Mi-go

From PathfinderWiki
Mi-go
(Creature)

Type
Plant
CR
6
Environment
Any
Alignment
Source: Wake of the Watcher, pg(s). 86
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Mi-go1 are interplanetary travelers native to the Dark Tapestry who manipulate reality. They resemble arthropods but are actually highly evolved fungi.2

Appearance

A mi-go resembles an arthropod with segmented limbs, diaphanous wings, and a bulbous lump for a head. A typical mi-go is human-sized and weighs 90 pounds.2

Ecology

Mi-go communicate by clicking their pincers and changing the colour of their heads; this sign language can be learnt but usually not 'spoken' by other creatures. A mi-go can speak in a strange, buzzing voice, but only when forced to do so. Mi-go do not need to breathe and can fly through outer space at an incredible speed. Their claws are capable of swiftly and painfully performing surgical operations upon hapless victims.2

Society

Mi-go invade and colonise planets for various purposes, from strip-mining them to seeking resources for scientific experiments. They are usually viewed as gods or demons by the primitive inhabitants of these planets, a fear that they exploit to the fullest to disguise themselves and infiltrate and harvest these societies. They usually hide their core bases of operations in remote, defensible places.2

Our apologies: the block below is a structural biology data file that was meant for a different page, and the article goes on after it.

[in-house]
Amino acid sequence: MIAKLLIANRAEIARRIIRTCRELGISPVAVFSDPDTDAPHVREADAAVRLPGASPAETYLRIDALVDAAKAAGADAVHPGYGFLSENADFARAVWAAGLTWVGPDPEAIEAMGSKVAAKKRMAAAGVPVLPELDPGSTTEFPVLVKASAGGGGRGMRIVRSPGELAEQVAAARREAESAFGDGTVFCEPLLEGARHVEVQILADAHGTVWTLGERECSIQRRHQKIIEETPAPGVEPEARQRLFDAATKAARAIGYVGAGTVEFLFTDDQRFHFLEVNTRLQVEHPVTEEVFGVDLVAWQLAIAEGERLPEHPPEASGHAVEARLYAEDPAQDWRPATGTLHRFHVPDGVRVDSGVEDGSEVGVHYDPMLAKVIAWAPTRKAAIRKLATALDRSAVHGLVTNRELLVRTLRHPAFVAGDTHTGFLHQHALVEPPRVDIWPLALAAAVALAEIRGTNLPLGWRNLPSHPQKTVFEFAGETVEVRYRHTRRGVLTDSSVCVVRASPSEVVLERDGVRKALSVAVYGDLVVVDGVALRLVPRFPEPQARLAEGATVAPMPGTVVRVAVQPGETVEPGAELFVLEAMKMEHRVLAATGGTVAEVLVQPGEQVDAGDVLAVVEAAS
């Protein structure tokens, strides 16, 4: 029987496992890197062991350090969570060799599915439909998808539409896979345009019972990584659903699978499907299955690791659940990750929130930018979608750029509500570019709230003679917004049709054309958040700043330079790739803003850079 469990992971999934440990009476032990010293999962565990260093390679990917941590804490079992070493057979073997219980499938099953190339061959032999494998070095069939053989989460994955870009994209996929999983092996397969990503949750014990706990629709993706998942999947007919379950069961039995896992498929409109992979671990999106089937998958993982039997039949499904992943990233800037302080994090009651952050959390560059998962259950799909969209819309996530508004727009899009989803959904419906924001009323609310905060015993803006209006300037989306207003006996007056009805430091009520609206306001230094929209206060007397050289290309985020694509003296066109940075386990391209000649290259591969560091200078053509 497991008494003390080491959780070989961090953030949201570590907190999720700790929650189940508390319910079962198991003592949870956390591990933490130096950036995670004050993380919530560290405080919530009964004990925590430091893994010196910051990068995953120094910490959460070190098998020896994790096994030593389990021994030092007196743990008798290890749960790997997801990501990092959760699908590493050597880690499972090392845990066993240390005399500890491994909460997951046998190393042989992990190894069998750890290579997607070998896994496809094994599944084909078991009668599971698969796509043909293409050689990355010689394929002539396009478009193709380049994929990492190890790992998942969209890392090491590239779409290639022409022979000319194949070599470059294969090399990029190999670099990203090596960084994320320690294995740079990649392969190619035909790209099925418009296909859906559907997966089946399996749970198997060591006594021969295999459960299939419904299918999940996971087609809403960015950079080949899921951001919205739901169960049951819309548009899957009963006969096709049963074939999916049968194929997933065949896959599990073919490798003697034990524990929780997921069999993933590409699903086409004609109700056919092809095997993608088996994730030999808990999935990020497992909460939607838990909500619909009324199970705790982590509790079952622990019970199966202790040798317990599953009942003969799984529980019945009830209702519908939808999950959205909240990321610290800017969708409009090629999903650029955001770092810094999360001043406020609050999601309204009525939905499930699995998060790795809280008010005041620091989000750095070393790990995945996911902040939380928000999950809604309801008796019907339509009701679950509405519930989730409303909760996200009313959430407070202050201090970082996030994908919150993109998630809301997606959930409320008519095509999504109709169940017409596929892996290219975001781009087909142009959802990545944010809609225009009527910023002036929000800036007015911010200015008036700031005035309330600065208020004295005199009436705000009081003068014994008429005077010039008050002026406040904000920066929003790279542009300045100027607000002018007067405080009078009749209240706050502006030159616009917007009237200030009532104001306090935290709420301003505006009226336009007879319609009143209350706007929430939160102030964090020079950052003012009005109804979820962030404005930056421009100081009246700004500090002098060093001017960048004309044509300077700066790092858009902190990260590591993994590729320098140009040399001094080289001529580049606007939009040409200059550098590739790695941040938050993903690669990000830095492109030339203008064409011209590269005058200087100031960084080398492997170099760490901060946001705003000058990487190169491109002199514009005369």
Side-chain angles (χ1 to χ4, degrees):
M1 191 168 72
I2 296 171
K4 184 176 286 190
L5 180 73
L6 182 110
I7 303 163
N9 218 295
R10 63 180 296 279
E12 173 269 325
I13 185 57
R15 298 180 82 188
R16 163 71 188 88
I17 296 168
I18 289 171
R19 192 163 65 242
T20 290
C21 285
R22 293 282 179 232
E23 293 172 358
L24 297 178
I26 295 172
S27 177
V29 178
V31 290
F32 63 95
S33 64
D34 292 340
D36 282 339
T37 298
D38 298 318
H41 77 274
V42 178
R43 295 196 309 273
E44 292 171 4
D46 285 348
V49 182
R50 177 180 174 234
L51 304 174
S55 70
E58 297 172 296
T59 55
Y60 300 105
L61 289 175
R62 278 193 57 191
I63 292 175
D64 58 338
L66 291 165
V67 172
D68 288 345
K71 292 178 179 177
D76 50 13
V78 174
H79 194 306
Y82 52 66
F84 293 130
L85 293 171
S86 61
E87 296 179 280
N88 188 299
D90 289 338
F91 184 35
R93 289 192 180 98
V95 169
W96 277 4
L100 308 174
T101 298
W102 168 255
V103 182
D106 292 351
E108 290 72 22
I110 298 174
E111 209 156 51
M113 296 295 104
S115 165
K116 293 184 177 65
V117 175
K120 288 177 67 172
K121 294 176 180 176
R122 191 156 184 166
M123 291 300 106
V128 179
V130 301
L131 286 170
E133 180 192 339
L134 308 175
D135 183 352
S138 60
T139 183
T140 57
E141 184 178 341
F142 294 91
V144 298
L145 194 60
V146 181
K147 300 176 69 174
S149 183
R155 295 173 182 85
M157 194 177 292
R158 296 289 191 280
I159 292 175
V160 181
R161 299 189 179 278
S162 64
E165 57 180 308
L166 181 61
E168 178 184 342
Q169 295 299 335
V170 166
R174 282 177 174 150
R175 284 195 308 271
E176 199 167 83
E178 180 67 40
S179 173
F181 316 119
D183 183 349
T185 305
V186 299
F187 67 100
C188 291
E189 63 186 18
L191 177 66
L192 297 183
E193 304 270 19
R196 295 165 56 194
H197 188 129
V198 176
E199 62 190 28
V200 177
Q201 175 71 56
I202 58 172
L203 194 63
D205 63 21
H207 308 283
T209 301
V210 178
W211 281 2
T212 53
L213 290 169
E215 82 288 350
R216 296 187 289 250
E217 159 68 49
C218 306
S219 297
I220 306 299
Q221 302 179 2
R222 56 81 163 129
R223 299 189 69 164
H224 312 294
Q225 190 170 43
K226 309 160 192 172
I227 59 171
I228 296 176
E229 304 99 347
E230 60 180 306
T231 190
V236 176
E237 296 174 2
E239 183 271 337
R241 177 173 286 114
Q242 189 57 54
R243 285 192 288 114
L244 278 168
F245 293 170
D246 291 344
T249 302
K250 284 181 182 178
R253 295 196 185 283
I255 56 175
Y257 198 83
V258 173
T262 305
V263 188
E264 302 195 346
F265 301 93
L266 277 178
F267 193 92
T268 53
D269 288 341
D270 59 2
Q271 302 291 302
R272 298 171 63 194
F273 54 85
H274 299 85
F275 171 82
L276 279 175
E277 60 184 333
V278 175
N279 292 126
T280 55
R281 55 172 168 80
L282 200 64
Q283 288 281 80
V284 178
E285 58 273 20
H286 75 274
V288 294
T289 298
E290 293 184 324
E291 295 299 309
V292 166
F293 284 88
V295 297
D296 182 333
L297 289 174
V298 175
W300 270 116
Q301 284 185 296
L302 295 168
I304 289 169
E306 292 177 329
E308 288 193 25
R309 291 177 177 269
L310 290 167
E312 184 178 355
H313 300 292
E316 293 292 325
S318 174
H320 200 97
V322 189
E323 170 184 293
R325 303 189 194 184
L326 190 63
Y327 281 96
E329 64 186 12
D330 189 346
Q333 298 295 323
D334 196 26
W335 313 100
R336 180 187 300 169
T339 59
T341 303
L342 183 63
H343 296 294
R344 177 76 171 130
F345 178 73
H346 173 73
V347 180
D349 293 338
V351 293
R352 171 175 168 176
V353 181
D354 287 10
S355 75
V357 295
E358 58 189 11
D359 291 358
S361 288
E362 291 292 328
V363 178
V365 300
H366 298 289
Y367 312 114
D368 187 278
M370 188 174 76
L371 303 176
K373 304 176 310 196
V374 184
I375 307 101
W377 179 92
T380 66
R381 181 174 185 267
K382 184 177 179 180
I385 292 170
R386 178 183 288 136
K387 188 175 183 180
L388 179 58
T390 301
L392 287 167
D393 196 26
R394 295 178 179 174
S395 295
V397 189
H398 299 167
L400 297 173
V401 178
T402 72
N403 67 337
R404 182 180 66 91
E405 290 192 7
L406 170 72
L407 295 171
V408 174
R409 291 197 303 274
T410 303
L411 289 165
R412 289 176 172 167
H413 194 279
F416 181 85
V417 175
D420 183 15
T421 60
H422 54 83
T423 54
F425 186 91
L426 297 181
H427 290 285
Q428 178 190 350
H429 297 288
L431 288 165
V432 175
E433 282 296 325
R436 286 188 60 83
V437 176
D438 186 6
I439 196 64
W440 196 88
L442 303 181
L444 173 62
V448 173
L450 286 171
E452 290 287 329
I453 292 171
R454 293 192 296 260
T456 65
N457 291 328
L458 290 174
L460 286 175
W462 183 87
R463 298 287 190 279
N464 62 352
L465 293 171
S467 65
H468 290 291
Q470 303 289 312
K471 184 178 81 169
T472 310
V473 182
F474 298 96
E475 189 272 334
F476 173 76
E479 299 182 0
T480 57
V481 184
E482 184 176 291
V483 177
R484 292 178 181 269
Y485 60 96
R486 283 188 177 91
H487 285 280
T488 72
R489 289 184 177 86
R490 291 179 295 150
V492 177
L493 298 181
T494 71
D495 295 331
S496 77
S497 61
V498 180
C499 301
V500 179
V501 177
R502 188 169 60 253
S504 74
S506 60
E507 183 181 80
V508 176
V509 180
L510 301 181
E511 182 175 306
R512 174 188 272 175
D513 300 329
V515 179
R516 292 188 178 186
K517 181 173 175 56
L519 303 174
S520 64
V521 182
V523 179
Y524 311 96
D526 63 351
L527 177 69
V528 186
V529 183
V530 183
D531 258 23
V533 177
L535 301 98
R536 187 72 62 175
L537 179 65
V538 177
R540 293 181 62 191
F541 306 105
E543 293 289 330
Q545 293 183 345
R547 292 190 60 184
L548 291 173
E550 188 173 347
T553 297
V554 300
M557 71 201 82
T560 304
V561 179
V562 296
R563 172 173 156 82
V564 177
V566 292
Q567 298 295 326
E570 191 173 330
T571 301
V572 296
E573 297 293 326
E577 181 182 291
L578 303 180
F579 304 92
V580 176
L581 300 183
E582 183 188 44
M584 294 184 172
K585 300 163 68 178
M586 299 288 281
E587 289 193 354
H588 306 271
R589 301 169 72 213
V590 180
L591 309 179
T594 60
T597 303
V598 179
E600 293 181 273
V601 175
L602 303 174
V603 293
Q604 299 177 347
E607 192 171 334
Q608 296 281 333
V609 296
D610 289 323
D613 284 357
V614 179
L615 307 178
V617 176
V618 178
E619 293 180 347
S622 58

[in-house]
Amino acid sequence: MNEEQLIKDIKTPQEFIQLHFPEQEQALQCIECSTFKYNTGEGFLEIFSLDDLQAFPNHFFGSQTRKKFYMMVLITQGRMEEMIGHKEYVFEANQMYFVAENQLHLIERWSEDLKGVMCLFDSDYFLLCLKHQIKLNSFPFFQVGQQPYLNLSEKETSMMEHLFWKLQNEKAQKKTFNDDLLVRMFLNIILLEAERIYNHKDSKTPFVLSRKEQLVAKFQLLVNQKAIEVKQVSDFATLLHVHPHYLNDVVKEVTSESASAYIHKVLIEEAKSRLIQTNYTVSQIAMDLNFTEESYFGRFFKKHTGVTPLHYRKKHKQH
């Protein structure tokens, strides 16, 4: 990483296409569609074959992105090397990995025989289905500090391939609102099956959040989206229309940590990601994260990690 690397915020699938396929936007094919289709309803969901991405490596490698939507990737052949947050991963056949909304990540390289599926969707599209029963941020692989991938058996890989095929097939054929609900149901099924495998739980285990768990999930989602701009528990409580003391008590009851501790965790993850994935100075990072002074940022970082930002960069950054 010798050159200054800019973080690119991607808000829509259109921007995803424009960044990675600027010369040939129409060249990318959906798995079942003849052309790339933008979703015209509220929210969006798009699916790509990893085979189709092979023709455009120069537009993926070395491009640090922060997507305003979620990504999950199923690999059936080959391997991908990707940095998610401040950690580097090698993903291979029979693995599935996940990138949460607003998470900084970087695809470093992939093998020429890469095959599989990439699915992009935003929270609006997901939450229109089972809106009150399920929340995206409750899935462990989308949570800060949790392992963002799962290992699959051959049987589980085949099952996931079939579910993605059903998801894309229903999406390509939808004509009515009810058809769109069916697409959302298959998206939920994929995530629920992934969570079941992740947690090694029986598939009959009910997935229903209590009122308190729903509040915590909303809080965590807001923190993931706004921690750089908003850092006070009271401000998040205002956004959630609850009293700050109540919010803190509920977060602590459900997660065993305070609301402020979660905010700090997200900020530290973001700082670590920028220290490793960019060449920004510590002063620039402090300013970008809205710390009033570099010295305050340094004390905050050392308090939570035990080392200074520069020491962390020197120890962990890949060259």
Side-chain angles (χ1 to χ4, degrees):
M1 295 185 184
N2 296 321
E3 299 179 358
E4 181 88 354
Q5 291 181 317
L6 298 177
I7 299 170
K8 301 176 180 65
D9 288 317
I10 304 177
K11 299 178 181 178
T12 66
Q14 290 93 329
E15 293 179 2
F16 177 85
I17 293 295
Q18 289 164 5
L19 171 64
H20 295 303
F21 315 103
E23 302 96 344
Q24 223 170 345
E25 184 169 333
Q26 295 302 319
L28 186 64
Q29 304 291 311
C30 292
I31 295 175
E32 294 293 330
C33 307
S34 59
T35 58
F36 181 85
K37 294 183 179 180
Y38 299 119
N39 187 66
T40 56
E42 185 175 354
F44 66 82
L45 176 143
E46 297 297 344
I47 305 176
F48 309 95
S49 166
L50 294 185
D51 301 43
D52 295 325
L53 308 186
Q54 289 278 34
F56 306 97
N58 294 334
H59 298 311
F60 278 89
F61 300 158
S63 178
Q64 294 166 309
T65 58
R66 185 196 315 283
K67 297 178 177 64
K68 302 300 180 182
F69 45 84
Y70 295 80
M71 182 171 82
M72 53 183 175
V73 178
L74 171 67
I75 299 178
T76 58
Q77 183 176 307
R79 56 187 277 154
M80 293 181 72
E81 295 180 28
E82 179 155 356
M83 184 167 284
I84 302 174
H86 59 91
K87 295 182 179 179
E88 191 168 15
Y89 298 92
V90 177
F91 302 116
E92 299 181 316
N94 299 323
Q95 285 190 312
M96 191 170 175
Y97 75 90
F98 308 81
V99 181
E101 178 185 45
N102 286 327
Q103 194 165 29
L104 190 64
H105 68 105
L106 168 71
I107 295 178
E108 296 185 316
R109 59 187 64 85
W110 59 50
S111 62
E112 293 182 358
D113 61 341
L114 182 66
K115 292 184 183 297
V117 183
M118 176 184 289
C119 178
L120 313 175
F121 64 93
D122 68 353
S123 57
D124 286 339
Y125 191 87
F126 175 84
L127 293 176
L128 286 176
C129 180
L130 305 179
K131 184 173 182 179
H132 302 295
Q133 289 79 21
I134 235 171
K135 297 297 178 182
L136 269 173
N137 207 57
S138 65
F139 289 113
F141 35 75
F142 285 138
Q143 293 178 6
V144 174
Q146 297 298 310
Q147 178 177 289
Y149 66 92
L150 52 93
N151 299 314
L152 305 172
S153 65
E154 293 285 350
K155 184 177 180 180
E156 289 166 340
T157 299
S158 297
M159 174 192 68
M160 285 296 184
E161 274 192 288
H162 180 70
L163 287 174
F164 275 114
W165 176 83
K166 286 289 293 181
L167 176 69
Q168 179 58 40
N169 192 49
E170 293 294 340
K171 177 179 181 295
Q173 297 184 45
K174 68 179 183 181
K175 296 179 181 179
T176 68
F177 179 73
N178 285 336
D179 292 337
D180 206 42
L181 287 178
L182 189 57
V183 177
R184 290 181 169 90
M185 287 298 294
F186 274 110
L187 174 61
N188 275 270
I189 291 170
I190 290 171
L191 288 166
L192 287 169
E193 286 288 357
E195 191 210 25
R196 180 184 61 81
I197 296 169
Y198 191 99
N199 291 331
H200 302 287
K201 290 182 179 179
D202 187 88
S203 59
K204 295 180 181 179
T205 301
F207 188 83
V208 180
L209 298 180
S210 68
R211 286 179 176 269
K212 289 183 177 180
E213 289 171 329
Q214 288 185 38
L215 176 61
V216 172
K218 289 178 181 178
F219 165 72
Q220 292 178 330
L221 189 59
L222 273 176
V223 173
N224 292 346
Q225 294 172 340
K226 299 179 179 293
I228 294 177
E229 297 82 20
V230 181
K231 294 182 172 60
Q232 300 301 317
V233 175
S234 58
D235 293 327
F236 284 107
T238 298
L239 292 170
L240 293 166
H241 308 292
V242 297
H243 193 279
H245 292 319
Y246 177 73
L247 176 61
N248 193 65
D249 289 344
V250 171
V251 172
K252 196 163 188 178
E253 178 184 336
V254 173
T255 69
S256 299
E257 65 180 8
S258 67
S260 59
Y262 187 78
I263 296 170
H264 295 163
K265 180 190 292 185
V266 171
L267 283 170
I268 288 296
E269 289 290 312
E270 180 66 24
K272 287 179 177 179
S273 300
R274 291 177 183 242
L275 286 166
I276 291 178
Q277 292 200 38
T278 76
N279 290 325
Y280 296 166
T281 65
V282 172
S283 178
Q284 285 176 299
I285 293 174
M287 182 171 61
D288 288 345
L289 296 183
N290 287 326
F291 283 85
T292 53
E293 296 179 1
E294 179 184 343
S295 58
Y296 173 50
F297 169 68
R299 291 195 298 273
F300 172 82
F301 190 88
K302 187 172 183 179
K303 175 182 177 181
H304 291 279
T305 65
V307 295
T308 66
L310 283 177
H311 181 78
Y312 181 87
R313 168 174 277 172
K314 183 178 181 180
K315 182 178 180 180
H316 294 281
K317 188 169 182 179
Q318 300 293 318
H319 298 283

Mi-go technology merges magic and technology in strange and unsettling ways. Most mi-go worship Shub-Niggurath, seeing her fecundity as the pinnacle of their own biological technologies and skills. To a mi-go, science and faith are largely the same.2

On Golarion

The Uskheart Caves of Nidal are home to a mi-go colony that has long been allied to the Shades of the Uskwood. In exchange for permission to mine resources rare on their world, the mi-go whisper blasphemous secrets to the druids, the latest of which is the location of a hive queen in the Uskwood.3

References

Original Source: H. P. Lovecraft, "The Whisperer in Darkness", 1931

For additional as-yet unincorporated sources about this subject, see the Meta page.

  1. The singular and plural of mi-go are the same.
  2. 2.0 2.1 2.2 2.3 2.4 Greg A. Vaughan & James Jacobs. “Bestiary” in Wake of the Watcher, 86–87. Paizo Inc., 2011
  3. Thurston Hillman, et al. “Strange, Far Places” in Horror Realms, 45. Paizo Inc., 2016